Thursday, March 15, 2007

Lessons Learned

The fire I previously posted about taught me several things.

  1. Do not wear extra crap on your mask. The strap I had on it that held the hood open was just for convenience, it wasn't needed and it was extra while the mask was being used as it was intended.
  2. Control the door. I opened the door inside and it was like someone pushed it open. The pressure had built up inside and I just let it swing wide. I should have kept control and used it as a shield for our hose line. Or closed it again until we had the garage open and a ventilation fan in place.
  3. Know how you came in, so you can get out. Don came in able to see. He didn't pay a lot of attention to the fact that we looped around at first trying to find the fire. When he needed to get out fast, he had to follow the hose that was in loops. He wasn't fully aware that the exit was to our left and rear. Even if you can see as you enter, count your turns and treat it like a blind search in a dark building. Know how to get out!
  4. Stay together! If you come in as a team, go out as a team. When Don ran low on air, all three of us should have left together. Had Don been lost and not just turned around, we might not have known it since he was alone. What if he had gone down the hallway instead of looping around back to where we were?
  5. Watch the smoke. We were fooled when we entered the house. The smoke was light inside, so the fire had to be small right? WRONG! We saw heavy smoke outside. Light smoke could mean a small fire, or it could mean that the smoke is contained and you are not seeing it all. But heavy smoke will never mean there is a small fire! We should have known that with the heavy smoke we saw on arrival, there was a heavy fire somewhere. We should have been ready.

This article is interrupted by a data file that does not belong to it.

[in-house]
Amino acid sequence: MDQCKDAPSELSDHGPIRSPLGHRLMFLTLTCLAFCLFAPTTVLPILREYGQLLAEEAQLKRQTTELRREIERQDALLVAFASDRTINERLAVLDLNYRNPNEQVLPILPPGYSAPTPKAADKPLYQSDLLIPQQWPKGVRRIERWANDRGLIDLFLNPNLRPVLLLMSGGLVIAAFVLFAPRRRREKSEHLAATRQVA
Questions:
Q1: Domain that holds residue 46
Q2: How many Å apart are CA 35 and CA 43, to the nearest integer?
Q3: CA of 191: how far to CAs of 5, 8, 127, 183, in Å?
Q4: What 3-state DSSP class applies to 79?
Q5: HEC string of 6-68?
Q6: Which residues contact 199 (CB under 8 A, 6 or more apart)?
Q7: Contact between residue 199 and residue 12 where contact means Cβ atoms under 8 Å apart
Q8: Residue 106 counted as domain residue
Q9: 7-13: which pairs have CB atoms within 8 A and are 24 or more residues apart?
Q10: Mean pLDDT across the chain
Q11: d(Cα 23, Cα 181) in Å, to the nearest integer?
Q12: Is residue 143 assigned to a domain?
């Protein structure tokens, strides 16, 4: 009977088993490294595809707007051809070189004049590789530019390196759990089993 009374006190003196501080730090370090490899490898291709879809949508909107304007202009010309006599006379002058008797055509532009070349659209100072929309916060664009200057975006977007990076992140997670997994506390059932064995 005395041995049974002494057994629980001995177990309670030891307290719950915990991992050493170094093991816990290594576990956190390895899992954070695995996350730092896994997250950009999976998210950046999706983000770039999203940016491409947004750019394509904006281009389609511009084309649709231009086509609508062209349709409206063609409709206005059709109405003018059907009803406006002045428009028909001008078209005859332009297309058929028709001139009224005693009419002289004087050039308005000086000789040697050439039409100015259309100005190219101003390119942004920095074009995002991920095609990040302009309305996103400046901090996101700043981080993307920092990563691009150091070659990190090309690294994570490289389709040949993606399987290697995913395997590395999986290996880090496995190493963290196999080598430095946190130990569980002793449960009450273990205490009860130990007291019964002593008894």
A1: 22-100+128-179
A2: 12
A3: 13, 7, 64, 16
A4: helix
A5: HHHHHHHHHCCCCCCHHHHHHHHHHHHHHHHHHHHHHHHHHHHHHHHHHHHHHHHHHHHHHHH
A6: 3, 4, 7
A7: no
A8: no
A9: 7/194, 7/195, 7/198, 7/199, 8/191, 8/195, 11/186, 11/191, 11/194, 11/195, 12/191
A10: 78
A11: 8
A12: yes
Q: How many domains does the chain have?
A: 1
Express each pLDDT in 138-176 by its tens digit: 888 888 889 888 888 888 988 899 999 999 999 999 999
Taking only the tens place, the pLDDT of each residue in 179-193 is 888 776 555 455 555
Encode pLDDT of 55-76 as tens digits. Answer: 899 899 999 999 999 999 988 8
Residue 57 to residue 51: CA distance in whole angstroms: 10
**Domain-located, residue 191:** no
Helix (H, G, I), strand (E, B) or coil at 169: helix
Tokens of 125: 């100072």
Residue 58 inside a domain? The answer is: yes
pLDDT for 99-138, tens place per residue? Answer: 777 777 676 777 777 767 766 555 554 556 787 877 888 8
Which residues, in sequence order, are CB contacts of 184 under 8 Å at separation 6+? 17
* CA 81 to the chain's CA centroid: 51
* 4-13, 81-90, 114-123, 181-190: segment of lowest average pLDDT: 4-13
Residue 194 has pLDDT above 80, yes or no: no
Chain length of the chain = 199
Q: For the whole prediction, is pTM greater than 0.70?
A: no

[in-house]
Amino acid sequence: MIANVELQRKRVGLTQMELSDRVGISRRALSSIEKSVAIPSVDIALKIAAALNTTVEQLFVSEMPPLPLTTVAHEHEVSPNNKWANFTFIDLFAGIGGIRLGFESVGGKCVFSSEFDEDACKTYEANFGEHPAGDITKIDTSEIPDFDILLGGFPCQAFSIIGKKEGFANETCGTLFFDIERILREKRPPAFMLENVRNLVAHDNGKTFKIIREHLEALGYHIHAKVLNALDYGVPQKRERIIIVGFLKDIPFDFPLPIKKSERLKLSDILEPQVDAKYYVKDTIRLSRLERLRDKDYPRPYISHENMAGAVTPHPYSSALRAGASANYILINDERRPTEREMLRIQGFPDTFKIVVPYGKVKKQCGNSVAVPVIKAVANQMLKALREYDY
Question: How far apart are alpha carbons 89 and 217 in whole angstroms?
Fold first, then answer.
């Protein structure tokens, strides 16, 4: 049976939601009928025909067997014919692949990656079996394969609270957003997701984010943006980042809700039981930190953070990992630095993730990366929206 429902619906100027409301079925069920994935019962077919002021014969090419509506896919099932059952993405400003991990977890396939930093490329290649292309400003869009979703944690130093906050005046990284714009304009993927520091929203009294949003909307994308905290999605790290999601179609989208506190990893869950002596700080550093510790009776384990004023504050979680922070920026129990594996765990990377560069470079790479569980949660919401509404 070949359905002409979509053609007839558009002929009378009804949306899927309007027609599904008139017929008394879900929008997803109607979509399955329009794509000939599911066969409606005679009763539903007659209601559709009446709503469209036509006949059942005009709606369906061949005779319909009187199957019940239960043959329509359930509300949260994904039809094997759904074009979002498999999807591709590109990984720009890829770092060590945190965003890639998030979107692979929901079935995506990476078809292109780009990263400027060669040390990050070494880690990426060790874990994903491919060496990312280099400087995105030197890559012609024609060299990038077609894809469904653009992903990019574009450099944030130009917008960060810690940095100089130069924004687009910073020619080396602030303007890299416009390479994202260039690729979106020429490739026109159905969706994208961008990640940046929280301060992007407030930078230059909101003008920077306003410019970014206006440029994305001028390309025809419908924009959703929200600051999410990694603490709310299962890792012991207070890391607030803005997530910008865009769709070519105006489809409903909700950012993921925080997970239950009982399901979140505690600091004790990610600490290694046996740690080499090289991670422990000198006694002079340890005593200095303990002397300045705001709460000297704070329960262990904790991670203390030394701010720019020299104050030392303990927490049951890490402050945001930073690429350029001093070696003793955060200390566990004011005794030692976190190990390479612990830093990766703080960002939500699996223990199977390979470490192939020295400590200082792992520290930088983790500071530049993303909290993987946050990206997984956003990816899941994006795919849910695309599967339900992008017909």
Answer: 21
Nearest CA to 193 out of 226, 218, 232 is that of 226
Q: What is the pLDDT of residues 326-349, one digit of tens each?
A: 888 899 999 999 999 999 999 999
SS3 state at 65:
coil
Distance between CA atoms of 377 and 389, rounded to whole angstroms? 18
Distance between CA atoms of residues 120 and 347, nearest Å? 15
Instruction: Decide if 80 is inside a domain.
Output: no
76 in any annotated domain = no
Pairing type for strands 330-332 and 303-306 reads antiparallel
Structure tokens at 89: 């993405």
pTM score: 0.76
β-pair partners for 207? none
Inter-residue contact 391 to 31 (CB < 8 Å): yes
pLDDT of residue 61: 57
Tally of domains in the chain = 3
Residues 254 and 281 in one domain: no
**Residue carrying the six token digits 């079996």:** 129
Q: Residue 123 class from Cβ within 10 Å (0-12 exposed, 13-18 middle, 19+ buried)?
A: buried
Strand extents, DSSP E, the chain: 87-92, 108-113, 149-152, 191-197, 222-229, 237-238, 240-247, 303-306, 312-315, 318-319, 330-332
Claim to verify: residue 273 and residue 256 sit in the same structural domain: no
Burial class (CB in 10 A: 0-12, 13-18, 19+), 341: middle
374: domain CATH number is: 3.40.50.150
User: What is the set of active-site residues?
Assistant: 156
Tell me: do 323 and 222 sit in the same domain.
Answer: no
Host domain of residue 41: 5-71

6. Sometimes it's OK to be lucky instead of being good. Don ran low on air soon enough so that even though he got turned around and had to be led out by the Lt., they made it through the living room before the collapse. I almost moved the hose line when I was inside alone. I considered backing into the living room, the future collapse zone. I was lucky I didn't. If my low air alarm had gone of just a few seconds sooner, I would have been on my way out and in the living room when the roof collapsed. Lucky. Since I couldn't see, I noticed as the Captain climbed over me he was moving to my right to get out. I followed to the right and found the window just a few seconds behind them. Lucky again.
  7. Chicks may did scars, but my wife doesn't. At least she didn't think my little burns were cool. And it's hard to convince them that it was no big deal when they sent you home.
  8. Hearing your officer, the veteran firefighter, the guy who has been there and done that screaming into the radio "We're burning up! Get us some help in here!" should be a sign that maybe this isn't the place to be right now. Just perhaps you should reposition a bit until that help arrives.
There are other things that I have learned over the years. I have been lucky to have worked with some really good officers, and some that were not. I have learned from them all. Sometimes I have learned what to do, sometimes what not to do.

That's really the thing about life too. Learn as you go. It's alright to make mistakes, if your doing the best that you can. Just try not to make the same mistakes again.

Mr Fixit


BobG said...

"Sometimes it's OK to be lucky instead of being good."

Being good isn't always going to save a person, but being lucky (by definition) will.

Kaerius said...

Luck will not always be with you, but when it is, it's better than skill. Conversely, skill will not always be enough, but it will always be with you.

Strive to be skilled, hope to be lucky. :)

Ambulance Driver said...

Glad to see you came out of it with only a few minor burns.